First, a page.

An outreach person from Women in Distress came to our medical school this week. Women in Distress is the local recipient of the proceeds from our performance of The Vagina Monologues. I am going to be in my third production of it this year. This year I will be performing “I Was There in the Room”, which is the closing piece about a forceps birth.
The representative from Women in Distress did a great presentation. I did add one thing at the end for the group, considering we are all intending to be health care practitioners. I made sure that they knew how common contraceptive sabotage or reproductive coercion was a facet of domestic violence. I thought it was important to know that a patient may complain of frequently losing her birth control pills, or who gets pregnant unintentionally often, or seems very uncomfortable talking about contraception and refuses without discussing it, or outright tells you that her partner will flush it down the toilet or won’t let her use birth control, and any of these should be a red flag that there may be an abuse problem.
Well, today I decided to do something about my burgeoning blog reader. (Be prepared for lots of hat tips and a blogaround or two.) Cara at The Curvature linked to this press release from the Family Violence Prevention Fund about reproductive coercion.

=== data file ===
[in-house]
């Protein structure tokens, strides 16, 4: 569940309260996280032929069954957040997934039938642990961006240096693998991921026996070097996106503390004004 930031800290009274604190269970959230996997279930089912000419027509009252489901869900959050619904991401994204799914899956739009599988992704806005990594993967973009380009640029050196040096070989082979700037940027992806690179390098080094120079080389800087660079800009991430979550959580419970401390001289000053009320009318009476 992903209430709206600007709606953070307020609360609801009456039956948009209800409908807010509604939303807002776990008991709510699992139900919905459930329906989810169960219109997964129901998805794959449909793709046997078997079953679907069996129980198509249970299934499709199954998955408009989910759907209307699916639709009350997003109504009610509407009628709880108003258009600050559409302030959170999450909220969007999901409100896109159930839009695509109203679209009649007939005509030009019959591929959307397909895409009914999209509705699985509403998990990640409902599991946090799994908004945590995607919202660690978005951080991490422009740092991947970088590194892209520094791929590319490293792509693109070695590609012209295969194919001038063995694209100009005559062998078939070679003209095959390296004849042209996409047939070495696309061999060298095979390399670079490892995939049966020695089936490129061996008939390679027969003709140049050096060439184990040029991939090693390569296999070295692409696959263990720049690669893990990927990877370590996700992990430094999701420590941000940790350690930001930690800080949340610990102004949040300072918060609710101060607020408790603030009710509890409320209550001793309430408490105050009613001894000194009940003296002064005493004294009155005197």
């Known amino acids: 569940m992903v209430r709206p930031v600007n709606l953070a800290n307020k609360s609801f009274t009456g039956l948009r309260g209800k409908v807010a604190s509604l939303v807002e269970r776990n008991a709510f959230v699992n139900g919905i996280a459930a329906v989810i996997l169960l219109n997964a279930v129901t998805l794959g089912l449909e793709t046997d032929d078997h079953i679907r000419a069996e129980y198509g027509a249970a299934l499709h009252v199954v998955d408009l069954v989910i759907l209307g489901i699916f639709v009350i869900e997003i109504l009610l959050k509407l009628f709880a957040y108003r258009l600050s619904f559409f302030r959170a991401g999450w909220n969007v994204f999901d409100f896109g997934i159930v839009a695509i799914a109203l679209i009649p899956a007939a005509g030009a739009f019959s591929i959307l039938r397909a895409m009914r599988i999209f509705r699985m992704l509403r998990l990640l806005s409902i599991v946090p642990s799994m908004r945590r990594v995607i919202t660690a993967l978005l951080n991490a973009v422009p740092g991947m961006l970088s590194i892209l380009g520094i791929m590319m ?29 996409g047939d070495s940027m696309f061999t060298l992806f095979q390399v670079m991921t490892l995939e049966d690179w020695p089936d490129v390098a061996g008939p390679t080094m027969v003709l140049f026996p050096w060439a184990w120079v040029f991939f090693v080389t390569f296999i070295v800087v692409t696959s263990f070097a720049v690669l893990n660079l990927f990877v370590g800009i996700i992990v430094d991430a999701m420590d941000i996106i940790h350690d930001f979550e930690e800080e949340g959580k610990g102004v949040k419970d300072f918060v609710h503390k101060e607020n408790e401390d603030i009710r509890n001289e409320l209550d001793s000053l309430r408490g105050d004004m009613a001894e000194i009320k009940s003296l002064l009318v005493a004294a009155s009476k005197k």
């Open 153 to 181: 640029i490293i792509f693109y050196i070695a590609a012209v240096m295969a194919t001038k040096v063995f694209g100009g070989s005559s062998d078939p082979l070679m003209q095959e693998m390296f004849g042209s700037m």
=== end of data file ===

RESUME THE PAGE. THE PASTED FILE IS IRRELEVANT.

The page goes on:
From August 2008 to March 2009, researchers worked at five reproductive health clinics in Northern California, querying some 1,300 English- and Spanish-speaking 16- to 29-year-old women who agreed to respond to a survey about their experiences. They were asked about birth-control sabotage, pregnancy coercion and intimate partner violence. Approximately one in five young women said they experienced pregnancy coercion and 15 percent said they experienced birth control sabotage. Fifty-three percent of respondents said they had experienced physical or sexual violence from an intimate partner. Thirty-five percent of the women who reported partner violence also reported either pregnancy coercion or birth control sabotage.
This is not only a “little recognized form of abuse”, but it is also an important facet of the discussion of unintended pregnancy and abortion. Some people think the male partner should have a say in abortion. I think this highlights why that is not something that can nor should be enforced by the courts, and is really should not be a priority.